said Tuesday she made a mistake in claiming that she came under hostile fire in Bosnia 12 years ago, as rival 's campaign continued to challenge her credibility.
In a recent speech and interviews, the New York senator described a harrowing scene in Tuzla, Bosnia, in which she and her daughter, Chelsea, had to run for cover as soon as they landed for a visit in 1996. But video footage of the day showed a peaceful reception in which a young girl greeted the first lady on the tarmac.
Clinton told reporters in Pennsylvania on Tuesday that she erred in describing the scene, which she now realizes after talking with aides and others.
"So I made a mistake," she said. "That happens. It proves I'm human, which you know, for some people, is a revelation."
She claimed she misspoke and was sleep deprived, but CBS News has found several times in the past few months Senator Clinton used the Bosnia trip to try to show her international experience, reports Sharyl Attkisson. Clinton did so in Iowa in December, Texas in February and also last week.
"I was also told that the greeting ceremony had been moved away from the tarmac but that there was this eight-year-old girl and I said, 'Well, I, I can't, I can't rush by her, I've got to at least greet her,'' Clinton said. "So I greeted her, I took her stuff and I left. Now that's my memory of it."
Once again her memory doesn't match CBS News videotape, Attkisson reports. She and her daughter Chelsea lingered on the tarmac to greet U.S. military officials, took photos, and then walked to the armored vehicle where she did, eventually, duck and enter.
The more important issue, Clinton said, is whether she would be a better commander-in-chief than Obama or Republican presidential candidate John McCain. Clinton and Obama are competing for votes in Pennsylvania's April 22 primary.
Clinton's aides had tried to control the Bosnia flap Monday, saying the New York senator "misspoke."
Reminded that she had said it was the first time she had misspoken in 12 years, Clinton told reporters: "I was joking. Lighten up, guys."
In a March 17 speech in Washington, Clinton said of the Bosnia trip: "I remember landing under sniper fire. There was supposed to be some kind of a greeting ceremony at the airport, but instead we just ran with our heads down to get into the vehicles to get to our base."
That account was still posted on her campaign Website Tuesday.
Clinton told CNN last week, "There was no greeting ceremony, and we basically were told to run to our cars. Now, that is what happened."
Several news outlets disputed the claims.
Clinton began retracting the remarks in a series of private interviews Monday and Tuesday before addressing about two dozen reporters here after a speech.
She told the Pittsburgh Tribune-Review: "I was sleep-deprived, and I misspoke."
She told KDKA radio in Pittsburgh: "You know, I have written about this and described it in many different settings, and I did misspeak the other day. This has been a very long campaign."
The Obama campaign fueled the Bosnia brouhaha Tuesday, sponsoring a conference call with Pennsylvania reporters that featured retired Maj. Gen. Walter Stewart of the Pennsylvania Army National Guard. Stewart said he was assigned to the Army's European headquarters when Clinton visited Bosnia as first lady in 1996. He said her claim that she landed under enemy fire insulted U.S. soldiers charged with her security.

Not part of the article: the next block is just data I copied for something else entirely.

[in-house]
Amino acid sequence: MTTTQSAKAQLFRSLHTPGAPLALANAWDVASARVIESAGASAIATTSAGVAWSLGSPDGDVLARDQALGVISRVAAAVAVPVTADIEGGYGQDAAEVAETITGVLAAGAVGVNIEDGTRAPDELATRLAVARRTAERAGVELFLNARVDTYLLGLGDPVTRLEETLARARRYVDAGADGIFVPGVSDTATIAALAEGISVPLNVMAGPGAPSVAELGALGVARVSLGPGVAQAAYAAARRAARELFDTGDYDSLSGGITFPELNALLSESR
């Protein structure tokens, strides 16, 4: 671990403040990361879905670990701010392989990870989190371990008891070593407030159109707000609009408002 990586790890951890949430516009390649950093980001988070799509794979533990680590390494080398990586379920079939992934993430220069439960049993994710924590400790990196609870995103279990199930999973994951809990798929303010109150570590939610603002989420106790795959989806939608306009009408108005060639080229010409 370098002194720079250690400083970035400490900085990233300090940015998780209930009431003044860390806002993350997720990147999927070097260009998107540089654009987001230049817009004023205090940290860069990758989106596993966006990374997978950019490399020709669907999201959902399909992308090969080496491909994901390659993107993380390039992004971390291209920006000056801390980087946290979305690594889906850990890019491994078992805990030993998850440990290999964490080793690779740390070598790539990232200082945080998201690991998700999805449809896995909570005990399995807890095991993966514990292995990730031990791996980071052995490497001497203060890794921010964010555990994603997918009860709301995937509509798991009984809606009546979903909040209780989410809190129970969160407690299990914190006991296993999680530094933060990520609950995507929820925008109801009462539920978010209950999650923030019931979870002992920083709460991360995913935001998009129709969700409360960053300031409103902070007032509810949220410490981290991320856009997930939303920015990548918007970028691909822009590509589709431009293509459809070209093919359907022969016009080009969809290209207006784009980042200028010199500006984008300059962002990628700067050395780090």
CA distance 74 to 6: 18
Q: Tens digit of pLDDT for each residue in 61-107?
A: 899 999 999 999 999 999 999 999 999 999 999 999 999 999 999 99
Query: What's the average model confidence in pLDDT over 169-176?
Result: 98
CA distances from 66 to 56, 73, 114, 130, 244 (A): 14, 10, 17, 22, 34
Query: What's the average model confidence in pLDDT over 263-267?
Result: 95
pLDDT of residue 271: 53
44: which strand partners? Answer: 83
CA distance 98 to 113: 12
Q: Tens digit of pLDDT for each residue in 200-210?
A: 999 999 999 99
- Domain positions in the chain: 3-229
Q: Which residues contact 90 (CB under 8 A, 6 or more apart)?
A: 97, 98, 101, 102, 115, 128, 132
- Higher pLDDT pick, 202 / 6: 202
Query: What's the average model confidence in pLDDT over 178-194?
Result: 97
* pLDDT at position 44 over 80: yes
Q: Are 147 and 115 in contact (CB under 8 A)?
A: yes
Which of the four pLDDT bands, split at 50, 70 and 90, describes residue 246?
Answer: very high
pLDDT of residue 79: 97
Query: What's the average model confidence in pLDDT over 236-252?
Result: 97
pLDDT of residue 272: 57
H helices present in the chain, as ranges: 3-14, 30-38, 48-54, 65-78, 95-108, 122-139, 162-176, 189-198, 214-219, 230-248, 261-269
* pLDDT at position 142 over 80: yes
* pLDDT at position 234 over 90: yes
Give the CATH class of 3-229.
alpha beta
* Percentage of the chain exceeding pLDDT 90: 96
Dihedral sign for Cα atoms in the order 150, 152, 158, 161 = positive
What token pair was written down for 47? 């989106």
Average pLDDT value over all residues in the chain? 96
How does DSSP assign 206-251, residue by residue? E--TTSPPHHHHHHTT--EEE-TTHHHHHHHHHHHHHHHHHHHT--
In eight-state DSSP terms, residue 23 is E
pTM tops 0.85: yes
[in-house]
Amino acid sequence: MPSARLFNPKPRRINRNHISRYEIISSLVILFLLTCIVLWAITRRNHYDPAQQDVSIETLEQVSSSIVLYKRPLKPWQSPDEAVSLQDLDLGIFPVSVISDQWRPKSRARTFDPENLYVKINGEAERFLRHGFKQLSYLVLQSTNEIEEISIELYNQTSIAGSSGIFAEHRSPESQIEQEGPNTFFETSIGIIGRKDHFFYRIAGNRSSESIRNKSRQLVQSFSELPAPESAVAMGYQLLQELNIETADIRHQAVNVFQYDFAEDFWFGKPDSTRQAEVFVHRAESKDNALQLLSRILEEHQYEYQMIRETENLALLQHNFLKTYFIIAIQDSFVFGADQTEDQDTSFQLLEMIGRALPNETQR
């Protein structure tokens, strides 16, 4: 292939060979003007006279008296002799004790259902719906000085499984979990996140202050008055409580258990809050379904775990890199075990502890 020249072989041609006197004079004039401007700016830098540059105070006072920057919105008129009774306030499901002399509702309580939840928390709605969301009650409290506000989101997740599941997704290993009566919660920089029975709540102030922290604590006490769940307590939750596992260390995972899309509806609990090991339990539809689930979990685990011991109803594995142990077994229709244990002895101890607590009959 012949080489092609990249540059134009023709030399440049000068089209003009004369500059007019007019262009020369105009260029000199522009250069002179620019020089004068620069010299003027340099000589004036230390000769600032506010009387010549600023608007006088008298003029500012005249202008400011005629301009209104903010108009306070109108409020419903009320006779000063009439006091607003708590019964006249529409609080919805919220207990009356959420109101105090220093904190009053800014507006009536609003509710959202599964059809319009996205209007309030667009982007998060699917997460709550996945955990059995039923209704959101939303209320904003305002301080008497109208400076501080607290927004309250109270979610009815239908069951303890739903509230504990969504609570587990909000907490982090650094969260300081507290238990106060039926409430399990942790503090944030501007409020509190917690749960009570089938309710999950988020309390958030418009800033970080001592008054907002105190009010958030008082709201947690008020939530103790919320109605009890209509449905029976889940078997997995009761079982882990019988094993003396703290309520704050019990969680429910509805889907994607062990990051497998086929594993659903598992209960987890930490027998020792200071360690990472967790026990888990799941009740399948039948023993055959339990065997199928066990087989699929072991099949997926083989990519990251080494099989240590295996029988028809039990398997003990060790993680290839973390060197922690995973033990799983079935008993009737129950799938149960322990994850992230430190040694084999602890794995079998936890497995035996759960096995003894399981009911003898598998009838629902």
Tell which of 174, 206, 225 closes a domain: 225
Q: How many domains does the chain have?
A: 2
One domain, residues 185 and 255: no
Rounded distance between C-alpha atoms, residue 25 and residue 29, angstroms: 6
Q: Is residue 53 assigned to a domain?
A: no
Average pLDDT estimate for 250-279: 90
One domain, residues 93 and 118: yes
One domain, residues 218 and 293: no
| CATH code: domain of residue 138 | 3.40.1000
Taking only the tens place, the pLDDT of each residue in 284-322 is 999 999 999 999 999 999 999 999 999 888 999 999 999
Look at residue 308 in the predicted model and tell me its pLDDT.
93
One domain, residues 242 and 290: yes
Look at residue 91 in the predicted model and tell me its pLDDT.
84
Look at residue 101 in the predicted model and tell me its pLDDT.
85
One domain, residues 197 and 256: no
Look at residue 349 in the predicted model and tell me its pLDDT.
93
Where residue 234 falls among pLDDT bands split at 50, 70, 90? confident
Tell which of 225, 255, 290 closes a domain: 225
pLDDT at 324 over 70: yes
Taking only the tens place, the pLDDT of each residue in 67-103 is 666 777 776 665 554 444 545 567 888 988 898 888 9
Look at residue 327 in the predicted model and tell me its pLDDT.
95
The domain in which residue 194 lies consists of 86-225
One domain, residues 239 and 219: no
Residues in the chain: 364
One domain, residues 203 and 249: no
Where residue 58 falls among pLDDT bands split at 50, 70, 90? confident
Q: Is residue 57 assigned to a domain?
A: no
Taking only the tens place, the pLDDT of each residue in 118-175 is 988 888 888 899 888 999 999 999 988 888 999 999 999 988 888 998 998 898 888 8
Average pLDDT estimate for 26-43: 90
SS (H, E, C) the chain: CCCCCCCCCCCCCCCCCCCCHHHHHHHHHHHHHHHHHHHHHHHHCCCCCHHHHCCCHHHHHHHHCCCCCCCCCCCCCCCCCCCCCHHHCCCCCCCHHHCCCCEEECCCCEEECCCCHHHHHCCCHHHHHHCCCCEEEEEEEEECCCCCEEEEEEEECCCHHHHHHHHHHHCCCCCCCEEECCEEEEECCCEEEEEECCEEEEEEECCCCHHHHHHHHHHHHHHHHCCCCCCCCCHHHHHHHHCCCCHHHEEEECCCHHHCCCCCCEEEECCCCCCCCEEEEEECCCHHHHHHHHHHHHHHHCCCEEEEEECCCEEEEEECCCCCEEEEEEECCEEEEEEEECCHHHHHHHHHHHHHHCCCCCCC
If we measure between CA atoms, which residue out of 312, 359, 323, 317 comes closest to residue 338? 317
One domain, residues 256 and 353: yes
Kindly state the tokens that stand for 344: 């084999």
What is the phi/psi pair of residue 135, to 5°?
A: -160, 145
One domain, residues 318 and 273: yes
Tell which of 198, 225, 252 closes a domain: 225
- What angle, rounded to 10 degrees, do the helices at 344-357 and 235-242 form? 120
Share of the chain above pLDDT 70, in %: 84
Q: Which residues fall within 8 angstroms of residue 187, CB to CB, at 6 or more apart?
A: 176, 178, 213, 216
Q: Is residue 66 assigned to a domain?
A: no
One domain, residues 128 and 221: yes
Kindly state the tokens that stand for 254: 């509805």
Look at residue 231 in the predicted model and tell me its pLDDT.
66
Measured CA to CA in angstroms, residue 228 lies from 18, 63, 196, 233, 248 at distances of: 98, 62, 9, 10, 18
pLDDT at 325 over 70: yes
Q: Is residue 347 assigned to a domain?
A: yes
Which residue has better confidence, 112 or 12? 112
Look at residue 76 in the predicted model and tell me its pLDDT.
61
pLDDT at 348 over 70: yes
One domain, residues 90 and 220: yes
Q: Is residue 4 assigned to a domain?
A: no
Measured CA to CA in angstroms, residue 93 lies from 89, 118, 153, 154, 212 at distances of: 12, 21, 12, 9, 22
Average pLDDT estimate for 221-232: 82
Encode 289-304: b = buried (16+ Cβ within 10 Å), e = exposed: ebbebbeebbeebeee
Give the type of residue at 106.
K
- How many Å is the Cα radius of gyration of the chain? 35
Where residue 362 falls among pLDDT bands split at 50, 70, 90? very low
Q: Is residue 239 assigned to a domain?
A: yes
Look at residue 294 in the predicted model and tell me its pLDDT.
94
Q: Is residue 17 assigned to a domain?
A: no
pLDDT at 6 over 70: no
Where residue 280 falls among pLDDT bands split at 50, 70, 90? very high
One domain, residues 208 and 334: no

Clinton's explanation that she misspoke was "really astonishing," said Stewart, who supports Obama.
"She has no sense of what a statement like that does to soldiers," Stewart said. "She is insulting the command in its entirety."
"Believe me, heads would have rolled all over" if the military put the first lady and her daughter in a position of "unacceptable risk."
At her news conference, Clinton said, "the military and the Secret Service did a terrific job" of handling the situation in Bosnia. "We did take precautions," she said, noting that she was the first president's wife to enter a war zone since Eleanor Roosevelt.
Clinton did her best to change the subject Tuesday. She launched her first TV ad in Pennsylvania, in which she promises to "end $55 billion dollars in giveaways to corporate special interests and invest it in middle class tax cuts and creating new jobs." The ad aired in Ohio prior to its March 4 primary.
At a rally in Greensburg, east of Pittsburgh, she proposed ways to help Americans save for retirement. She would offer up to $1,000 in matching tax cuts to middle-income families who put money into retirement savings accounts. About 3.4 million Pennsylvania families would qualify, she said.
Clinton's plan also would "close the loophole that allows companies to cut their employees' pensions when they sell off subsidiaries," her campaign said in a statement. She also called for bankruptcy law changes to reduce companies' ability to evade pension obligations.
On another front, Obama campaign aides posted his tax returns from 2000 to 2006 on his campaign Web site, and called on Clinton to do the same. They also called on Clinton to release full records of her daily schedule during her eight years as first lady.
Clinton said she hoped to release her tax returns "within the next week."
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